Vernon bylaw officers dealt with more than 150 COVID-19 violations in 2020 | iNFOnews | Thompson-Okanagan's News Source

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Vernon bylaw officers dealt with more than 150 COVID-19 violations in 2020

March 08, 2021 - 5:03 PM

City of Vernon bylaw officers dealt with 152 COVID-19 related violations throughout 2020.

The investigations, which were created at a rate of roughly three a week, concerned potential violations of Provincial Health Orders and required bylaw officers to liaise with Interior Health, WorkSafe BC and the RCMP, says a City of Vernon staff report.

The report does not give the outcome of the files, or say whether individuals faced fines or other consequences as a result of the potential violations.

The report was presented at a council meeting today, March 8, and surprisingly didn't generate any debate.

Vernon councillor Scott Anderson thanked bylaw officers for not using heavy-handed tactics in regards to the pandemic violations.

The bylaw report also showed a nine per cent decrease in the number of files officers dealt with in 2020 over the year previous. Bylaw officers dealt opened 6,148 investigations in 2020 down from 6,774 in 2019.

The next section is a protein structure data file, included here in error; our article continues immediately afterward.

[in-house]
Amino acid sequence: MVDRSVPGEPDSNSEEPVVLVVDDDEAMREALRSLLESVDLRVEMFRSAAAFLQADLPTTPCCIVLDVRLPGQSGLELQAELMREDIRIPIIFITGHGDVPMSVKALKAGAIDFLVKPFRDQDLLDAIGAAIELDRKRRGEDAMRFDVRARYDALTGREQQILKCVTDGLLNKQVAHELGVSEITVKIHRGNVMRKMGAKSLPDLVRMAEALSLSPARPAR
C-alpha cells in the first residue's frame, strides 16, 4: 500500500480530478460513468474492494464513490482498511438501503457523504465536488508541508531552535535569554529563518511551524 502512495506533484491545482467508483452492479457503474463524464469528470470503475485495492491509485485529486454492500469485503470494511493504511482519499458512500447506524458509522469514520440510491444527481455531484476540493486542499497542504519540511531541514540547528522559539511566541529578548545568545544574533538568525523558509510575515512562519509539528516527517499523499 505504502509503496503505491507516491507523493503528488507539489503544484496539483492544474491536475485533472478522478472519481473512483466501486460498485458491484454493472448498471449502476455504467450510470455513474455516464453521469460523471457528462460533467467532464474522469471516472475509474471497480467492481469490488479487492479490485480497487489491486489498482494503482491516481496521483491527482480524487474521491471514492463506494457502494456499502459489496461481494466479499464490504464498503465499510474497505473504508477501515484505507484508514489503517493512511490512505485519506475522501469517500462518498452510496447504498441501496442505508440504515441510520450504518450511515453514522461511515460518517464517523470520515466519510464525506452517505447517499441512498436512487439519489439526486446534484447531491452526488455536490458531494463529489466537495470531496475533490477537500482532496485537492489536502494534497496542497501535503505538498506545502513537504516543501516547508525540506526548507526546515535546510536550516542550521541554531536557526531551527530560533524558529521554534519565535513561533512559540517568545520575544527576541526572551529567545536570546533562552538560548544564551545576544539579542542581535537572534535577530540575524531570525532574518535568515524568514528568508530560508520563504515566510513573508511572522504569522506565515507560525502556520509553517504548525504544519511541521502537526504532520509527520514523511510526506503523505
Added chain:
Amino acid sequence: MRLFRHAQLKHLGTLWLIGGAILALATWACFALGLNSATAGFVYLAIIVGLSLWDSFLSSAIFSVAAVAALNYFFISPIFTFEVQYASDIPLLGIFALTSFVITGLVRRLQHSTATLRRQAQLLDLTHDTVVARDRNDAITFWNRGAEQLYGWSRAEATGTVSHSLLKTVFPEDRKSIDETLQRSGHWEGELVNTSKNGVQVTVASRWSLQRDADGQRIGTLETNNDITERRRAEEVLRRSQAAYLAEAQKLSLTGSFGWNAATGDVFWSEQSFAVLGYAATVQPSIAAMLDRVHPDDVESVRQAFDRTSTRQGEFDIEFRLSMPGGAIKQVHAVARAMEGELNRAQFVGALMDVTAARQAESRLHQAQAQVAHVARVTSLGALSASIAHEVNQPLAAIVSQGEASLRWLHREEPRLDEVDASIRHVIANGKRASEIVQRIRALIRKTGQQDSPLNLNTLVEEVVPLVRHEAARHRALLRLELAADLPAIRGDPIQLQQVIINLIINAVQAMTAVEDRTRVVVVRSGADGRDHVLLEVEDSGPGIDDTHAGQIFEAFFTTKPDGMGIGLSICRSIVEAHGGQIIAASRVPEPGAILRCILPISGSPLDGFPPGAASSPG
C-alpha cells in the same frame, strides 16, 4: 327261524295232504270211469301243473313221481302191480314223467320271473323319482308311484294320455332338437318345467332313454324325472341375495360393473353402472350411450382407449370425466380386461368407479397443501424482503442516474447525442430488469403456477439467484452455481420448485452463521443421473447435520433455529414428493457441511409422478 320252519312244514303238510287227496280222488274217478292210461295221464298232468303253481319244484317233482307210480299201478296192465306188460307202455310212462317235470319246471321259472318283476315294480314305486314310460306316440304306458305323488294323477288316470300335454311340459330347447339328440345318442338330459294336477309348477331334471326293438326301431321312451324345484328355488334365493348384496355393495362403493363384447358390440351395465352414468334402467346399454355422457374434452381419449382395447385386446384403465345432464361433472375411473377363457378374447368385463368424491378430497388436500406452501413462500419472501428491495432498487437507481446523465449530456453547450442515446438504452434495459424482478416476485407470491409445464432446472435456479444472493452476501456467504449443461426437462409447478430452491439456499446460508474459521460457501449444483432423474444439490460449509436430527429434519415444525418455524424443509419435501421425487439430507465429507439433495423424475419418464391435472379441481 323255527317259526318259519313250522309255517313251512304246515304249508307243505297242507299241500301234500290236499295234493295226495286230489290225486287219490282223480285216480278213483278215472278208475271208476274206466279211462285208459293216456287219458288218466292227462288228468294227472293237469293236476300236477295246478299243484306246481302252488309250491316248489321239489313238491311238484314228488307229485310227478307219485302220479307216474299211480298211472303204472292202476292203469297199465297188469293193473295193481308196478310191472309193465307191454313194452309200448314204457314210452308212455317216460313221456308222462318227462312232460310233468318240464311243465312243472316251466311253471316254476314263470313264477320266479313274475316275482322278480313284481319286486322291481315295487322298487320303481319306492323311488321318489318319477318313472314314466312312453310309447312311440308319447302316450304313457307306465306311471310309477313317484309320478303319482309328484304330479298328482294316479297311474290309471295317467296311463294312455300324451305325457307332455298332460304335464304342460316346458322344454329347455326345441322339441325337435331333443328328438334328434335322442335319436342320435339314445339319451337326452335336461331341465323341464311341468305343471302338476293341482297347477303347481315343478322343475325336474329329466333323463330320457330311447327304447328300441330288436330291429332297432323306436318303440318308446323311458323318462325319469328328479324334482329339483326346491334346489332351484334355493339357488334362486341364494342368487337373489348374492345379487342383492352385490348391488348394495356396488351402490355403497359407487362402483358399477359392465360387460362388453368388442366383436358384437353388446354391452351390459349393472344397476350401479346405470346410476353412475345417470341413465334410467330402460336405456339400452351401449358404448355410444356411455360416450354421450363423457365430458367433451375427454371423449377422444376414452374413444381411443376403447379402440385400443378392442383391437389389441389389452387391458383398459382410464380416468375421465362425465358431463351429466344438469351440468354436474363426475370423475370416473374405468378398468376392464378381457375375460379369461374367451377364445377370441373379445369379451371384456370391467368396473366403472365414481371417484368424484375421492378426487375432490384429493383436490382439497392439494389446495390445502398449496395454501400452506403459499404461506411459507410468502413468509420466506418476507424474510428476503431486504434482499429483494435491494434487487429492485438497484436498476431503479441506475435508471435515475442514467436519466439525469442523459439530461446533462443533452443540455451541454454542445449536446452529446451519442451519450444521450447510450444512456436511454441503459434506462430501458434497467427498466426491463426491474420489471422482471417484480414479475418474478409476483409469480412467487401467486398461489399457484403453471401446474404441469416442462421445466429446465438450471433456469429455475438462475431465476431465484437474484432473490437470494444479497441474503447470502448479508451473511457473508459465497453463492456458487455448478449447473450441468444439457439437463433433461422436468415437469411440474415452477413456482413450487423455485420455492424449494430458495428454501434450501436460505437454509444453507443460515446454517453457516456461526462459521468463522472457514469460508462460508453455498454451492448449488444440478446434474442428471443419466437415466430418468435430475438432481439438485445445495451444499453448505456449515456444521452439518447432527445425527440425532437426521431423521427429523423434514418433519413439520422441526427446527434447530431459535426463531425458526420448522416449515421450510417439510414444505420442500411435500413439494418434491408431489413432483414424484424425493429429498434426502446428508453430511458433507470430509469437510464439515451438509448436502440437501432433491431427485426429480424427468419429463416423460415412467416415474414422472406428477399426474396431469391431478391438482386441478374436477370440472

City staff said the majority of the decline in files could be contributed to a decrease in files related to parks and public places as well as files concerning the street entrenched population.

Files related to the street entrenched population dropped by 25 per cent in 2020, and the number of files related to parks and public places dropped by 21 per cent.

The report states that temporary housing options and increased connections to social services may have contributed to the decrease in files related to the street entrenched population.

However, while street entrenched population files may have decreased the report states they still account for 42 per cent of all the bylaw department's files.

Councillor Kelly Fehr told council 80 people who were living on the street had been housed in motels which may account for why street entrenched population files had dropped so significantly.

Fehr warned that as motels tended to increase their rates in the spring, the number of people currently housed may start to decline, which may mean an increase in bylaw offences.

The bylaw report shows a similar pattern to that of the RCMP.  A Vernon RCMP report showed that files concerning the street entrenched population dropped by more than 50 per cent in 2020.

At the time, Turning Points Collaborative Society executive director Randene Wejr said that housing created for the homeless was a key factor in why the number had dropped so significantly.

READ MORE: More affordable housing and CERB behind dramatic decline in Vernon crime rate


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